Will Bill Davis was the pioneer of the organ in jazz, but got left bobbing in the wake after gentlemen like Jimmy Smith and Baby Face Willette hit the scene. However, while hanging around in the margins, Davis continued to plug on, demonstrating that he could hang with the best of them. The Everest Years collects four different sessions that he led for the label, and while the results are somewhat uneven, the end result is a pleasant organ-filled jaunt.
Despite his leadership, Davis isn't the star here. Sidemen like guitarist Bill Jennings and saxophonist George Clark kick things up a notch with tasty soloing. The sessions stick primarily with the standard organ jazz format: steamy standards and blues with plenty of loose solos. Only an uneven session featuring music from "Milk and Honey with trumpeter Charlie Shavers and flautist/guitarist Les Spann fails to deliver, demonstrating the pitfalls that organists can fall prey to when they stray to far from what works. A run-through of tunes from "My Fair Lady works far better, even if it does ride the coattails of Shelley Manne's release.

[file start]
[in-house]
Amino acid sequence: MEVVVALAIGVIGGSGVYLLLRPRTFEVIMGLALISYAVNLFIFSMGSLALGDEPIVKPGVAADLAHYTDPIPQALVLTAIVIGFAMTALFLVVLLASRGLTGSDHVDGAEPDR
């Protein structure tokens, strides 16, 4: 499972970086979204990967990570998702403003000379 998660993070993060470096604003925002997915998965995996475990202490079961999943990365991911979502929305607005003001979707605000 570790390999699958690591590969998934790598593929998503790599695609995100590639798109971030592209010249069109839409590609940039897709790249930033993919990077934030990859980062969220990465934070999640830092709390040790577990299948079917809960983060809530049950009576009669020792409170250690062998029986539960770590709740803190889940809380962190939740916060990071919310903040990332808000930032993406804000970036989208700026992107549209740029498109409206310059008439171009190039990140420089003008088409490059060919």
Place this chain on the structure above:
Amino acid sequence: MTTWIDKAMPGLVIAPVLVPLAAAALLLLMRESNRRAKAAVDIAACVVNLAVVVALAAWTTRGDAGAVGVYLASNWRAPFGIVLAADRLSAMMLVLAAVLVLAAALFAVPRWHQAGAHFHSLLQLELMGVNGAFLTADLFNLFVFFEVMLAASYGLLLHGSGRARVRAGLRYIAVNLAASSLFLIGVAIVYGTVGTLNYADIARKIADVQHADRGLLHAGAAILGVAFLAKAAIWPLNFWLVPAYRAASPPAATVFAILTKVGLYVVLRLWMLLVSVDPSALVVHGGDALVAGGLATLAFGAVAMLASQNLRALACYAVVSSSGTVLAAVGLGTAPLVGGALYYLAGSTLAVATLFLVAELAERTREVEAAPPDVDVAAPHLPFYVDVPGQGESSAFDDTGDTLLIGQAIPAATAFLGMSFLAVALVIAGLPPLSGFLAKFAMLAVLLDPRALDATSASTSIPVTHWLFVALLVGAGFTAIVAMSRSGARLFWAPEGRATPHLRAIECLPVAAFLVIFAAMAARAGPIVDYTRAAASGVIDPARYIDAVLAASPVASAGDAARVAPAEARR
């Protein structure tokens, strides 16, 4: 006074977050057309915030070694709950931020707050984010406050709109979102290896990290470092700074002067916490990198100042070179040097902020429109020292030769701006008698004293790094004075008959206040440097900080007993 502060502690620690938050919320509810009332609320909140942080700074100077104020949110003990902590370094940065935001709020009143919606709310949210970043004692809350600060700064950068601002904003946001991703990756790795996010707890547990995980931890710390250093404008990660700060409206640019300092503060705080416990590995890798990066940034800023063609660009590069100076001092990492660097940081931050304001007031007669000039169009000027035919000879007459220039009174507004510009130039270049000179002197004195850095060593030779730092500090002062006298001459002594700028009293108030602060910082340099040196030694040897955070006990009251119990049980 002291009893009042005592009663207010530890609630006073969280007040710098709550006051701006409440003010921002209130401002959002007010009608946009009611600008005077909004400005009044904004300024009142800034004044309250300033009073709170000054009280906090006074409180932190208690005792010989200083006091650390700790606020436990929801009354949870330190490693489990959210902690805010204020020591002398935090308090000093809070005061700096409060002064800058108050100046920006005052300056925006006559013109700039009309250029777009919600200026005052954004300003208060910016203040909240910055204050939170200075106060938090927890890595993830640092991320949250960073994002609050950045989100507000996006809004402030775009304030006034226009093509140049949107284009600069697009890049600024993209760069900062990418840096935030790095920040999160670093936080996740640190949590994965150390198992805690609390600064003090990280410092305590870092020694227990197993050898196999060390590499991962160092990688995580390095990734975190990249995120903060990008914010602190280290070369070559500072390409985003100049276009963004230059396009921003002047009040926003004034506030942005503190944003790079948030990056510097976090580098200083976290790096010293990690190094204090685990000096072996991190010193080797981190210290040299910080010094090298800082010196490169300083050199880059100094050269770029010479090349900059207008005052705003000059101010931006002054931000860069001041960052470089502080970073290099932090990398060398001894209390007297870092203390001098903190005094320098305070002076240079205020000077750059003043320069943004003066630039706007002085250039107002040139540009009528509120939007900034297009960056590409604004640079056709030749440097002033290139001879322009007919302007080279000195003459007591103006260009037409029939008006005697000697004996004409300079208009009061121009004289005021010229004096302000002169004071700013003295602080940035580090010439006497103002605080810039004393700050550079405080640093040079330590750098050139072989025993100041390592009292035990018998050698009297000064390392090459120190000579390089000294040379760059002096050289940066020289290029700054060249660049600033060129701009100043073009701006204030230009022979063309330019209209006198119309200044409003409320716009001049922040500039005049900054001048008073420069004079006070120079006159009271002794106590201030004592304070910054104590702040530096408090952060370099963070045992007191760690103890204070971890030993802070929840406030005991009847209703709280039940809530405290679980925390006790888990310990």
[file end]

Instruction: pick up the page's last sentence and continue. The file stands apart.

While it's not likely to win over any converts from the Jimmy Smith fan club, the collected work of Davis for the Everest label is fine organ jazz delivered from one of the guys who established the instrument's role in jazz.
Track Listing: The Madison Time (Part II); Blue Skies; Soft Winds; Organ Grinder's Swing; Flying Home;
Independence Hora; I Will Follow You; That Was Yesterday; Milk & Honey; Let's Not Waste A
Moment; Dis Heah; Angel Eyes; What's New; Like Young; Wenkie; 'Round Midnight; Blues
for Joe; Cubato; and more.
Personnel: Wild Bill Davis: organ; George Clark, Maurice Simon: tenor sax; Grady Tate, Jo Jones:
drums; Calvin Newborn, Bill Jennings, Les Spann: guitar; Milt Hilton: bass.